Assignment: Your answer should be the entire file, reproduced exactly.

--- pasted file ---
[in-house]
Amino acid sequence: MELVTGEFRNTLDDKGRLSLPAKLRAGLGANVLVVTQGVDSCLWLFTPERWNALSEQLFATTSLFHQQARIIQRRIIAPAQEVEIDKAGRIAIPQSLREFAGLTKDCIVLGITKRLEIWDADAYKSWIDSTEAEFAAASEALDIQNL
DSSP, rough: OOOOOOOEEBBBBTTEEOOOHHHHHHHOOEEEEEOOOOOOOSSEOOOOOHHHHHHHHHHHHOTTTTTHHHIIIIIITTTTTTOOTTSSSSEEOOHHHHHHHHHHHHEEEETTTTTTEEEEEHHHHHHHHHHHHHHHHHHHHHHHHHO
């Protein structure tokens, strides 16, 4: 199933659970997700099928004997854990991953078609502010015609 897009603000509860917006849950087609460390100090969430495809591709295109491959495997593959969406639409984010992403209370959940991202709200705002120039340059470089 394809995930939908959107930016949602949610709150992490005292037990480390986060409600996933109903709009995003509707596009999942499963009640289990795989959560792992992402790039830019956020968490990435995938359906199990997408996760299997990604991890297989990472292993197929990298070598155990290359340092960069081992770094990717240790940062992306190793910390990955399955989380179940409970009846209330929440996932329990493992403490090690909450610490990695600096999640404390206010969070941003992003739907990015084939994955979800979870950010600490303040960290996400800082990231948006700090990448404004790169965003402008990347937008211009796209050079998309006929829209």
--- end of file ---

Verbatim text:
[in-house]
Amino acid sequence: MELVTGEFRNTLDDKGRLSLPAKLRAGLGANVLVVTQGVDSCLWLFTPERWNALSEQLFATTSLFHQQARIIQRRIIAPAQEVEIDKAGRIAIPQSLREFAGLTKDCIVLGITKRLEIWDADAYKSWIDSTEAEFAAASEALDIQNL
DSSP, rough: OOOOOOOEEBBBBTTEEOOOHHHHHHHOOEEEEEOOOOOOOSSEOOOOOHHHHHHHHHHHHOTTTTTHHHIIIIIITTTTTTOOTTSSSSEEOOHHHHHHHHHHHHEEEETTTTTTEEEEEHHHHHHHHHHHHHHHHHHHHHHHHHO
């Protein structure tokens, strides 16, 4: 199933659970997700099928004997854990991953078609502010015609 897009603000509860917006849950087609460390100090969430495809591709295109491959495997593959969406639409984010992403209370959940991202709200705002120039340059470089 394809995930939908959107930016949602949610709150992490005292037990480390986060409600996933109903709009995003509707596009999942499963009640289990795989959560792992992402790039830019956020968490990435995938359906199990997408996760299997990604991890297989990472292993197929990298070598155990290359340092960069081992770094990717240790940062992306190793910390990955399955989380179940409970009846209330929440996932329990493992403490090690909450610490990695600096999640404390206010969070941003992003739907990015084939994955979800979870950010600490303040960290996400800082990231948006700090990448404004790169965003402008990347937008211009796209050079998309006929829209």